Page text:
From the back cover:
- “The events at Pantheacon 2011 cause a storm that reverberated across the planet, with discussion on many websites and mailing lists, and even a mention in the UK’s Guardian newspaper.
- This book was created in the hope of extending the debate and bringing it to a wider audience. We have included articles from people in both major camps, who have explained their positions powerfully and sincerely. This book is not an easy read — much of it will be painful, and there is probably no one in the wider pagan community who will not be offended by at least something in here. Articles have been edited only for grammar and typography — you will find honest words, entirely uncensored. This, however, is the point of the exercise.
- When nothing is said, nothing will be heard, and nothing can change.”
From the preface:
- “This book is a result of wanting to make sure that these voices are heard. It is also a result of a promise to ourselves to continue the work we started. The voices you will read here are from both cisgendered and transgendered, male and female, queer and straight, old and young. We present these essays as they were sent to us, with no commentary. We give these words to the community as a way to build understanding and to give people the opportunity to decide for themselves how to act.
- It is our will to create change, but how that will happen will not be decided by a select few, but by our community as a whole. As paganism comes more and more into its own, we need to learn how to work and live together with understanding and respect. If we do not learn from the mistakes of other religions and put our own house in order, we will not survive.”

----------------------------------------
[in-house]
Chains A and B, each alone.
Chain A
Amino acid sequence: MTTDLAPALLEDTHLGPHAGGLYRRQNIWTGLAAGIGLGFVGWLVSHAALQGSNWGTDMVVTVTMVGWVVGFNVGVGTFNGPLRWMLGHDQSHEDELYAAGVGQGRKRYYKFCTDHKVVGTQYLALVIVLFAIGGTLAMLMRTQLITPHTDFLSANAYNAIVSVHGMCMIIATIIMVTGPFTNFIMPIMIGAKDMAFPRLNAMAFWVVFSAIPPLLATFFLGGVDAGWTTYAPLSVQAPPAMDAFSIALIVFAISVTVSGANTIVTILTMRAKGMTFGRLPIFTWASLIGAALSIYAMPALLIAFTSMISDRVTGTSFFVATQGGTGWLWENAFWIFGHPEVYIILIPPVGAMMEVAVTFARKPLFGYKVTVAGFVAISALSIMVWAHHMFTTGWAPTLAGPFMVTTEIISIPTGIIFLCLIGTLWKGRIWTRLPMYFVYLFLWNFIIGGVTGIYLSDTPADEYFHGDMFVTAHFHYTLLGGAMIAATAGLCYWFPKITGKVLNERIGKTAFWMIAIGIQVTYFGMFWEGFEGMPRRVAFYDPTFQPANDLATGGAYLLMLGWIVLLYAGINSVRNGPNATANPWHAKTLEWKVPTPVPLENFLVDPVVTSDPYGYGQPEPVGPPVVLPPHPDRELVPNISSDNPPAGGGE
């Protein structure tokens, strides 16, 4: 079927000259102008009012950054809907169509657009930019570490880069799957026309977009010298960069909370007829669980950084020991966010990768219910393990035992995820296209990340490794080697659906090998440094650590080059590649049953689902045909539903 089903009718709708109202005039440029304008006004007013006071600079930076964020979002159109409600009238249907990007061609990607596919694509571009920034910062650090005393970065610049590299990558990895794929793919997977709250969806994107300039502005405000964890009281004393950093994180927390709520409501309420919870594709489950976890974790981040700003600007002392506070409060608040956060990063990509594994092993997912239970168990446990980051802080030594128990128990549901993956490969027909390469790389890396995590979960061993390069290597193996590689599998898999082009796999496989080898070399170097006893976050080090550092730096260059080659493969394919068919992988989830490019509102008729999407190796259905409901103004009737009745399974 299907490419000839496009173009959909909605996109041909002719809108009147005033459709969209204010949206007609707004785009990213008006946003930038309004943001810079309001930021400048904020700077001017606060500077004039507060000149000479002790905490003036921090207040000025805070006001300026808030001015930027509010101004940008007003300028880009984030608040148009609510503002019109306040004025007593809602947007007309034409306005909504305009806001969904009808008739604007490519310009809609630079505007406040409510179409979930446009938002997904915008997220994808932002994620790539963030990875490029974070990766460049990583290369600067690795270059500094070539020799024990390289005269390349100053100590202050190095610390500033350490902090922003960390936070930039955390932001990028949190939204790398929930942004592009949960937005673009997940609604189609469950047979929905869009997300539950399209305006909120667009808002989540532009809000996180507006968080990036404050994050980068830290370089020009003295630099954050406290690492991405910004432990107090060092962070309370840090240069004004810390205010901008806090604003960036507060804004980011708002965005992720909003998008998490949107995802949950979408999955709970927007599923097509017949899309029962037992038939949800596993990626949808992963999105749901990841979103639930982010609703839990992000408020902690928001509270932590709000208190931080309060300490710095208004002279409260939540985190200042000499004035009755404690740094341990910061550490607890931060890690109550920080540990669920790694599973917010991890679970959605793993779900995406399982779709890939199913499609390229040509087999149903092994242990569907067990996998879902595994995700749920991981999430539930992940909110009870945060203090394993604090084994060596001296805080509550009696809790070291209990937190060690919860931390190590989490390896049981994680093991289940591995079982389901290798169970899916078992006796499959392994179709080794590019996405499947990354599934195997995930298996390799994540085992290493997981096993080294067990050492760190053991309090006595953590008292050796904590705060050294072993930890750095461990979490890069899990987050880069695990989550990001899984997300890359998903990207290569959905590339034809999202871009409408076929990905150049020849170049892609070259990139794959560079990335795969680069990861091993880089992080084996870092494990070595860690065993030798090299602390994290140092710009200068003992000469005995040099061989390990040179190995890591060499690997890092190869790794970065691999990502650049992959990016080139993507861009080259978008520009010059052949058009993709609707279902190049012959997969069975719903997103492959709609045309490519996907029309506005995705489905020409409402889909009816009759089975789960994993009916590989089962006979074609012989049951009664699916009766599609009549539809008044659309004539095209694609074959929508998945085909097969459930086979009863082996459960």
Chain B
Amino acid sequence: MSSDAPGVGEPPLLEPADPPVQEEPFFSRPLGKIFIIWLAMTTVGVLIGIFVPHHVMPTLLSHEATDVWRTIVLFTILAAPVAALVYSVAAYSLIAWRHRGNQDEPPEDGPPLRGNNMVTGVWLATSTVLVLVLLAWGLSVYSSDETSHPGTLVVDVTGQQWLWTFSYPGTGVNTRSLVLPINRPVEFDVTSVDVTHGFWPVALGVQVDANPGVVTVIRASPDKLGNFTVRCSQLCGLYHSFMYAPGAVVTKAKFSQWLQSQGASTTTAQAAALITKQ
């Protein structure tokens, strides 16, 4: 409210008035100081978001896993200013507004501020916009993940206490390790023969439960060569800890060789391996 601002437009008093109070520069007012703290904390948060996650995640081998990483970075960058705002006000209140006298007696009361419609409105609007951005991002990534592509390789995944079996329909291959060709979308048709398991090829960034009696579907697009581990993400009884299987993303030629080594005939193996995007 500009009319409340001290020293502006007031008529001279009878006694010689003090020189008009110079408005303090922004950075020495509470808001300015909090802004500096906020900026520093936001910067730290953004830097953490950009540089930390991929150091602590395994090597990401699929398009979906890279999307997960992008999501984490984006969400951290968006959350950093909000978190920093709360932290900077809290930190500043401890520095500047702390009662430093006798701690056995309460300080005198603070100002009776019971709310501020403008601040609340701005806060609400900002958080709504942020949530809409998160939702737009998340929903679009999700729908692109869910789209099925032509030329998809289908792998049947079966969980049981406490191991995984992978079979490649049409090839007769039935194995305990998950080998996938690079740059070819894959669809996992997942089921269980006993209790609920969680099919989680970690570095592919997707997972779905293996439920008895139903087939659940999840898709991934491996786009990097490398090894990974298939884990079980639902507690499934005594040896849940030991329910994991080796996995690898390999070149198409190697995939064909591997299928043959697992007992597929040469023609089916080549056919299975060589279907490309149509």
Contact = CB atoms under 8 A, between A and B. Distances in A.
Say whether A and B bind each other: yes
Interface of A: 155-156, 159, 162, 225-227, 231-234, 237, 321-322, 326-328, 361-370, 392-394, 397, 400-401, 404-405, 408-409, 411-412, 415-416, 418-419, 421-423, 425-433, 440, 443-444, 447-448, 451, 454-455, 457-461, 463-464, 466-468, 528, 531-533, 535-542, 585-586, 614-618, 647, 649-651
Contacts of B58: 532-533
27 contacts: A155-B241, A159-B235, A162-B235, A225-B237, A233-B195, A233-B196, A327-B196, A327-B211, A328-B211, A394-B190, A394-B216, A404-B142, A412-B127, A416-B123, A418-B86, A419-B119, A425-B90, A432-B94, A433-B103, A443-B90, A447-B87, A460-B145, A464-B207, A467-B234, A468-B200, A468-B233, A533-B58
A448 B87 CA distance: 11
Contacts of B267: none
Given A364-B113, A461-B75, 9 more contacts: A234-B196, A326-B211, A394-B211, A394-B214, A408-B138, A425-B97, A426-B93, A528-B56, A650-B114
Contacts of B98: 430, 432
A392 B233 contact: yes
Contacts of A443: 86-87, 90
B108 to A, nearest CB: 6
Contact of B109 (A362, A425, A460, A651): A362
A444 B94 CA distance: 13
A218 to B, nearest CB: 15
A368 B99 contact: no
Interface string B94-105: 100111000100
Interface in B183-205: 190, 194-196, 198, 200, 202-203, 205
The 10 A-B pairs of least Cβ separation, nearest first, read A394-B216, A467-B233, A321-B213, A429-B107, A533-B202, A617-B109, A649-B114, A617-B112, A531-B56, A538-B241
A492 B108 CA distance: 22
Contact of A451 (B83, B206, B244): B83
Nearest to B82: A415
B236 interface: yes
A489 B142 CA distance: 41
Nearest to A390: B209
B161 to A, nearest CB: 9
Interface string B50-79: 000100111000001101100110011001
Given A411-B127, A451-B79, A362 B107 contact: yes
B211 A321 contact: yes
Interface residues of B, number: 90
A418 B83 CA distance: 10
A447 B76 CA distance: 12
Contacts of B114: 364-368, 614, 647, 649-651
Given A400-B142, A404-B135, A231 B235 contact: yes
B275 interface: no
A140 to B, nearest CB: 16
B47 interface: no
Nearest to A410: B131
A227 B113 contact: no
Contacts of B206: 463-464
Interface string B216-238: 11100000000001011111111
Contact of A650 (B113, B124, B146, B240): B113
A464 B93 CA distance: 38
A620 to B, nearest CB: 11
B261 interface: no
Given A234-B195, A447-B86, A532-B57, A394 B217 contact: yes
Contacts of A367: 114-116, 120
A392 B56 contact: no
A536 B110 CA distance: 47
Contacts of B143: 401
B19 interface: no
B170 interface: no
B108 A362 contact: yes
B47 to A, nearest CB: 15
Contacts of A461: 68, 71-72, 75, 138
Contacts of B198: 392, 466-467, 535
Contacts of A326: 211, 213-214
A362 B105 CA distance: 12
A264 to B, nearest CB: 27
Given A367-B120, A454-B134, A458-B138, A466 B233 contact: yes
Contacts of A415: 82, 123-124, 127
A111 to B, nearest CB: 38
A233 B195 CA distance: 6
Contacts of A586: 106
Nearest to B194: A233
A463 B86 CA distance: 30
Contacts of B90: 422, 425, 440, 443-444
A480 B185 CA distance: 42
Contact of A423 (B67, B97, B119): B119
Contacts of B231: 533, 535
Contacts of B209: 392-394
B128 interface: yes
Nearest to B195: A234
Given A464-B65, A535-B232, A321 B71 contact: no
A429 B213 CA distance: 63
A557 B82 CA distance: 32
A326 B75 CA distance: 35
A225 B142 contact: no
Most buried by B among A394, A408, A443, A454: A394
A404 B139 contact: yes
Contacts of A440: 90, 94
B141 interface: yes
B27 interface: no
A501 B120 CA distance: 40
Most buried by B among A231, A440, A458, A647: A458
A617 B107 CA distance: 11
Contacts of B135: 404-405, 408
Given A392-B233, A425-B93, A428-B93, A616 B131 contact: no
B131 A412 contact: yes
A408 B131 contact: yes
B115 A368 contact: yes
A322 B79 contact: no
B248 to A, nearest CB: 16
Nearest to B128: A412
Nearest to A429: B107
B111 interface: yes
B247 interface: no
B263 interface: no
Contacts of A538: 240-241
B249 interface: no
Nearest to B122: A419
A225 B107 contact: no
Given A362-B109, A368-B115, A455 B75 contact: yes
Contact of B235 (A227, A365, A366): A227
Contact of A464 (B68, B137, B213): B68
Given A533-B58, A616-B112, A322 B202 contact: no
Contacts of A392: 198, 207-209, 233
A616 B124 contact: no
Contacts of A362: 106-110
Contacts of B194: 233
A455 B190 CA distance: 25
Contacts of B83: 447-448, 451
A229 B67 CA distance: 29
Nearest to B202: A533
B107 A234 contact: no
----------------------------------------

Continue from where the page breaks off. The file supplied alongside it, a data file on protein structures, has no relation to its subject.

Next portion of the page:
The text of this book is released on a strictly not-for-profit basis under a Creative Commons Attribution Non-Commercial Share Alike (CC BY-NC-SA) License (see page 127 for the full text of the license deed). Proceeds, if any, will be donated to relevant charities.
Text copyright (C) 2011, 2012 – ownership remains with the authors.
Cover art: Lilith, by Kat Lunoe (C) 2011, all rights reserved. Reproduction prohibited without written permission from the copyright holder.
Gender and Transgender in the Pagan Community — Sarah Thompson
The Goddess and Transphobia — Amethyst Moonwater
Who is Lilith’s Tribe? — Anya Kless
Response to the Topic of Pantheacon, Gender, and the Amazon Rite of Lilith — CAYA Coven
Witchcraft and Sexuality: The Last Taboos — Janet Farrar and Gavin Bone
Against Duality — Jacobo Polanshek
Polarity without Gender — Helix
Awakening the Transsexual Gods — Foxfetch
Gender Polarity in Ritual and Metaphysics — Kat Lunoe
See Me Now? — D.M. Atkins
Boys Shorts: An Experience of Gender and Modern Paganism — Lance Moore
Walkers Between the Worlds — Michael R. Gorman
God as Multigender Deity — Philip Tanner
The Third Voice — Raven Caldera
Twenty Years in the Dianic Traditions — Ryiah Nevo
Snapshots: Musings on Polarity and Flow — T. Thorn Coyle
Religious Freedom: A Dianic Perspective — Ruth Barrett
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Proceeds, if any, from the print edition will be donated to relevant charities.